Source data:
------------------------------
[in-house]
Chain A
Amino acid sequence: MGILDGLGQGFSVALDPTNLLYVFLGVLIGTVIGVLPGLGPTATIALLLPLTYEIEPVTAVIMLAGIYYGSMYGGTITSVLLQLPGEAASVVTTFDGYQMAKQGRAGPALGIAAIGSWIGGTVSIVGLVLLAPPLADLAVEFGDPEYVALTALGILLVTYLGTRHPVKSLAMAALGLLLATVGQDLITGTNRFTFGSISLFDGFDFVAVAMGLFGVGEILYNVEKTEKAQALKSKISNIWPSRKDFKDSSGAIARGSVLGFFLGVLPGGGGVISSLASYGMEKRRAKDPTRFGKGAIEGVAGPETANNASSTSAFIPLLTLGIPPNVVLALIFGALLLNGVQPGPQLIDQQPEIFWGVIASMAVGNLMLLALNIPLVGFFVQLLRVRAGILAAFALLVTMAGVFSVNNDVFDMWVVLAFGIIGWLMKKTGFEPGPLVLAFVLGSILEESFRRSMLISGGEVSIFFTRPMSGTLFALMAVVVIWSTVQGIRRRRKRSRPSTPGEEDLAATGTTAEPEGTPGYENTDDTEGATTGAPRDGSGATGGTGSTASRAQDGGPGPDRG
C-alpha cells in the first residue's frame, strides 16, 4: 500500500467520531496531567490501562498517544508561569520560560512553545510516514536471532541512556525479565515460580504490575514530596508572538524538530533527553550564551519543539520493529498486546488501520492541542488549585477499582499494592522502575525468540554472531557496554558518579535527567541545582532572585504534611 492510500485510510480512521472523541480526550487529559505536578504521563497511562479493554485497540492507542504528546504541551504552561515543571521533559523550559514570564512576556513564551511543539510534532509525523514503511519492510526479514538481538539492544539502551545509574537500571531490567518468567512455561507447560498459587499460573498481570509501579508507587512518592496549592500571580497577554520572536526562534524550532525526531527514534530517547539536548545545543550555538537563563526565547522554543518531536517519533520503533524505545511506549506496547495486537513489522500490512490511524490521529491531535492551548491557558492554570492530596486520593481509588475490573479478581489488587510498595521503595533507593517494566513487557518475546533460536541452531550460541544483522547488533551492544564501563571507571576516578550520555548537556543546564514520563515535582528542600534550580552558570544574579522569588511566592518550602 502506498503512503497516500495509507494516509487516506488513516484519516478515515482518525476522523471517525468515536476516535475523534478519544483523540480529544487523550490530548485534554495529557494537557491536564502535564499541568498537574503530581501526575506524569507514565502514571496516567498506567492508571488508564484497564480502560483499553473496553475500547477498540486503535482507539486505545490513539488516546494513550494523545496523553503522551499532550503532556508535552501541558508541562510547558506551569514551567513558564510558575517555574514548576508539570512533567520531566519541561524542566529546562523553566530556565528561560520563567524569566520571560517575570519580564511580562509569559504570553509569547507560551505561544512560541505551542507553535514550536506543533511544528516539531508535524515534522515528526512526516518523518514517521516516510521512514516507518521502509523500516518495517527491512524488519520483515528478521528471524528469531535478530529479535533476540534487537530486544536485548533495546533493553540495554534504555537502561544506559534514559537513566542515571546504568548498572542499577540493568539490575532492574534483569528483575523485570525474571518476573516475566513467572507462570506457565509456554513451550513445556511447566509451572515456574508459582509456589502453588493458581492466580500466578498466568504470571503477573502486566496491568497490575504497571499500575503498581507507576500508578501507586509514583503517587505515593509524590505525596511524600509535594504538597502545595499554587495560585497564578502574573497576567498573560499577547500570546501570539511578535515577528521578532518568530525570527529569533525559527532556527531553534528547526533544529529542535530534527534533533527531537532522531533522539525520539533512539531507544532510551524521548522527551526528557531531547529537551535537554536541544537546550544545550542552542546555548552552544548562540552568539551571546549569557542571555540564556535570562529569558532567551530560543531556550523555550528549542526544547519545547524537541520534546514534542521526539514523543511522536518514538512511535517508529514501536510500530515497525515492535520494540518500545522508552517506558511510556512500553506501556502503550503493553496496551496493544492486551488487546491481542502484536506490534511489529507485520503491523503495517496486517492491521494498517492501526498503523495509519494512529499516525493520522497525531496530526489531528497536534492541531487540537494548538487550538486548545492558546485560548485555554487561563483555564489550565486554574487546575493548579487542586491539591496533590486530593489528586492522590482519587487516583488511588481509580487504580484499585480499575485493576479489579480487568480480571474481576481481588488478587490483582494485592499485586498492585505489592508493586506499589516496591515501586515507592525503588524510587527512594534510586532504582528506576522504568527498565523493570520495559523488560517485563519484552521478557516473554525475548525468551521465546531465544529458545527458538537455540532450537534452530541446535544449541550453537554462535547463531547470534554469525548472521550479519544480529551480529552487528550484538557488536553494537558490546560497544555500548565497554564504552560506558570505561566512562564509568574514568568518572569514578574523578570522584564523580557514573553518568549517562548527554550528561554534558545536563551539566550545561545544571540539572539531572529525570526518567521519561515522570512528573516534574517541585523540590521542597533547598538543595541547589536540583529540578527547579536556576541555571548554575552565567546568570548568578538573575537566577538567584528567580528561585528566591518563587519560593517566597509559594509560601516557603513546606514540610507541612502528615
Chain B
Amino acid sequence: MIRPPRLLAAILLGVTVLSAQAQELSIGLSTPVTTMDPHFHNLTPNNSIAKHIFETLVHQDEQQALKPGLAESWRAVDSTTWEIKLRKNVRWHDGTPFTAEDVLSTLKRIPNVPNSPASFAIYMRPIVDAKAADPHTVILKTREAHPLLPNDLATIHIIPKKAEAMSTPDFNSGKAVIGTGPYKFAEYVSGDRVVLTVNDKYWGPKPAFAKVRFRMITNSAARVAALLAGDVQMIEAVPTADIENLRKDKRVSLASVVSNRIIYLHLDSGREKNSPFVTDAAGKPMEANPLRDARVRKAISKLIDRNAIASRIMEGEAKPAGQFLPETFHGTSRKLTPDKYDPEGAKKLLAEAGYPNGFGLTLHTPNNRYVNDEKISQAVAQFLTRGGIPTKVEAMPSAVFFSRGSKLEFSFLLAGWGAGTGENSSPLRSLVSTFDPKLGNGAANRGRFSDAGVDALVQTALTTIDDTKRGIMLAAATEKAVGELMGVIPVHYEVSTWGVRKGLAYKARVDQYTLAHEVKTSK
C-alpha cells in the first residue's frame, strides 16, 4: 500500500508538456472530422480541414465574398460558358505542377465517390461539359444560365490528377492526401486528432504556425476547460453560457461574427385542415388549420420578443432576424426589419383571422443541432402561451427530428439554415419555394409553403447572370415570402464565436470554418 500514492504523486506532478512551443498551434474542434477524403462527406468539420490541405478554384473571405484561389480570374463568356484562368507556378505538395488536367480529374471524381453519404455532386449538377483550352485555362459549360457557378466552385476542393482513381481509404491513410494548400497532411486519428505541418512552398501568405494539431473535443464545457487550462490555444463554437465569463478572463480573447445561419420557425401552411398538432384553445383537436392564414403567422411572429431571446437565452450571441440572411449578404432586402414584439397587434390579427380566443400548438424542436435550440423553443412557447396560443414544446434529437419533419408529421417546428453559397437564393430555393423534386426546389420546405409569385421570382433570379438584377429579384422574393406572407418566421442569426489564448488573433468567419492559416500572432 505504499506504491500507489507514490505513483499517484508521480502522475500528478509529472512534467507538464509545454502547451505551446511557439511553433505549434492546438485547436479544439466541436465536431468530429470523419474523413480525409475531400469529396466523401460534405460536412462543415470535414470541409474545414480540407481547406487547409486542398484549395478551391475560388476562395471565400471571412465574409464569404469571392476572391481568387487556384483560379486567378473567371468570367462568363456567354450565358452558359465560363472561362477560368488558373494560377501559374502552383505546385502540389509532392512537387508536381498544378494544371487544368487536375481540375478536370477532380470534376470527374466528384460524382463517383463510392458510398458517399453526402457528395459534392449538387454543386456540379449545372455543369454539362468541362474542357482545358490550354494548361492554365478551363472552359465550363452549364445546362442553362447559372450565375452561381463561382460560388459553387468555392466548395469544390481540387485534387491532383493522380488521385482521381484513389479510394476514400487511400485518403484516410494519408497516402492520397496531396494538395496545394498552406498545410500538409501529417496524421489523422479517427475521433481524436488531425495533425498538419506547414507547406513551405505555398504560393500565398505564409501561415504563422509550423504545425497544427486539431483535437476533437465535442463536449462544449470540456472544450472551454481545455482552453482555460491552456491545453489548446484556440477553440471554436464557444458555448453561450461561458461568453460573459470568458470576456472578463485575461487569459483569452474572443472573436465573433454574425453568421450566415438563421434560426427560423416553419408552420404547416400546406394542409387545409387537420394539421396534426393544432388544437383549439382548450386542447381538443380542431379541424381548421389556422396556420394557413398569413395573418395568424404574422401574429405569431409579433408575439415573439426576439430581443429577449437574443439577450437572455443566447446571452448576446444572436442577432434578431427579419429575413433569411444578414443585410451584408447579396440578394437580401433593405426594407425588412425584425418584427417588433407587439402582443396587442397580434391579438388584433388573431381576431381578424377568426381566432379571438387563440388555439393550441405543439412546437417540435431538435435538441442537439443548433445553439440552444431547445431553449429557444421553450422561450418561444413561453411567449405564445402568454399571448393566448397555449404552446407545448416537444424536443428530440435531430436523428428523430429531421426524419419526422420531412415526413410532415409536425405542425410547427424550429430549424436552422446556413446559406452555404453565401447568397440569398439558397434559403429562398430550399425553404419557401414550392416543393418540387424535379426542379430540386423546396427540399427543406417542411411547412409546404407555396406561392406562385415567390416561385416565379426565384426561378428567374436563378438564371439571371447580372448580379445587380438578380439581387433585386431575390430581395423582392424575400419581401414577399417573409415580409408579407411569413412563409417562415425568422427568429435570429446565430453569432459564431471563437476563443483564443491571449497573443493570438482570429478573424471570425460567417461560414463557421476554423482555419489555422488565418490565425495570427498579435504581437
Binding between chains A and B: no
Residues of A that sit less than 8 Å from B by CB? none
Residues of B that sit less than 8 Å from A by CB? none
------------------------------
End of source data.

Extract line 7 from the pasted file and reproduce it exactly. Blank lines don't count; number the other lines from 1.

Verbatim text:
C-alpha cells in the first residue's frame, strides 16, 4: 500500500508538456472530422480541414465574398460558358505542377465517390461539359444560365490528377492526401486528432504556425476547460453560457461574427385542415388549420420578443432576424426589419383571422443541432402561451427530428439554415419555394409553403447572370415570402464565436470554418 500514492504523486506532478512551443498551434474542434477524403462527406468539420490541405478554384473571405484561389480570374463568356484562368507556378505538395488536367480529374471524381453519404455532386449538377483550352485555362459549360457557378466552385476542393482513381481509404491513410494548400497532411486519428505541418512552398501568405494539431473535443464545457487550462490555444463554437465569463478572463480573447445561419420557425401552411398538432384553445383537436392564414403567422411572429431571446437565452450571441440572411449578404432586402414584439397587434390579427380566443400548438424542436435550440423553443412557447396560443414544446434529437419533419408529421417546428453559397437564393430555393423534386426546389420546405409569385421570382433570379438584377429579384422574393406572407418566421442569426489564448488573433468567419492559416500572432 505504499506504491500507489507514490505513483499517484508521480502522475500528478509529472512534467507538464509545454502547451505551446511557439511553433505549434492546438485547436479544439466541436465536431468530429470523419474523413480525409475531400469529396466523401460534405460536412462543415470535414470541409474545414480540407481547406487547409486542398484549395478551391475560388476562395471565400471571412465574409464569404469571392476572391481568387487556384483560379486567378473567371468570367462568363456567354450565358452558359465560363472561362477560368488558373494560377501559374502552383505546385502540389509532392512537387508536381498544378494544371487544368487536375481540375478536370477532380470534376470527374466528384460524382463517383463510392458510398458517399453526402457528395459534392449538387454543386456540379449545372455543369454539362468541362474542357482545358490550354494548361492554365478551363472552359465550363452549364445546362442553362447559372450565375452561381463561382460560388459553387468555392466548395469544390481540387485534387491532383493522380488521385482521381484513389479510394476514400487511400485518403484516410494519408497516402492520397496531396494538395496545394498552406498545410500538409501529417496524421489523422479517427475521433481524436488531425495533425498538419506547414507547406513551405505555398504560393500565398505564409501561415504563422509550423504545425497544427486539431483535437476533437465535442463536449462544449470540456472544450472551454481545455482552453482555460491552456491545453489548446484556440477553440471554436464557444458555448453561450461561458461568453460573459470568458470576456472578463485575461487569459483569452474572443472573436465573433454574425453568421450566415438563421434560426427560423416553419408552420404547416400546406394542409387545409387537420394539421396534426393544432388544437383549439382548450386542447381538443380542431379541424381548421389556422396556420394557413398569413395573418395568424404574422401574429405569431409579433408575439415573439426576439430581443429577449437574443439577450437572455443566447446571452448576446444572436442577432434578431427579419429575413433569411444578414443585410451584408447579396440578394437580401433593405426594407425588412425584425418584427417588433407587439402582443396587442397580434391579438388584433388573431381576431381578424377568426381566432379571438387563440388555439393550441405543439412546437417540435431538435435538441442537439443548433445553439440552444431547445431553449429557444421553450422561450418561444413561453411567449405564445402568454399571448393566448397555449404552446407545448416537444424536443428530440435531430436523428428523430429531421426524419419526422420531412415526413410532415409536425405542425410547427424550429430549424436552422446556413446559406452555404453565401447568397440569398439558397434559403429562398430550399425553404419557401414550392416543393418540387424535379426542379430540386423546396427540399427543406417542411411547412409546404407555396406561392406562385415567390416561385416565379426565384426561378428567374436563378438564371439571371447580372448580379445587380438578380439581387433585386431575390430581395423582392424575400419581401414577399417573409415580409408579407411569413412563409417562415425568422427568429435570429446565430453569432459564431471563437476563443483564443491571449497573443493570438482570429478573424471570425460567417461560414463557421476554423482555419489555422488565418490565425495570427498579435504581437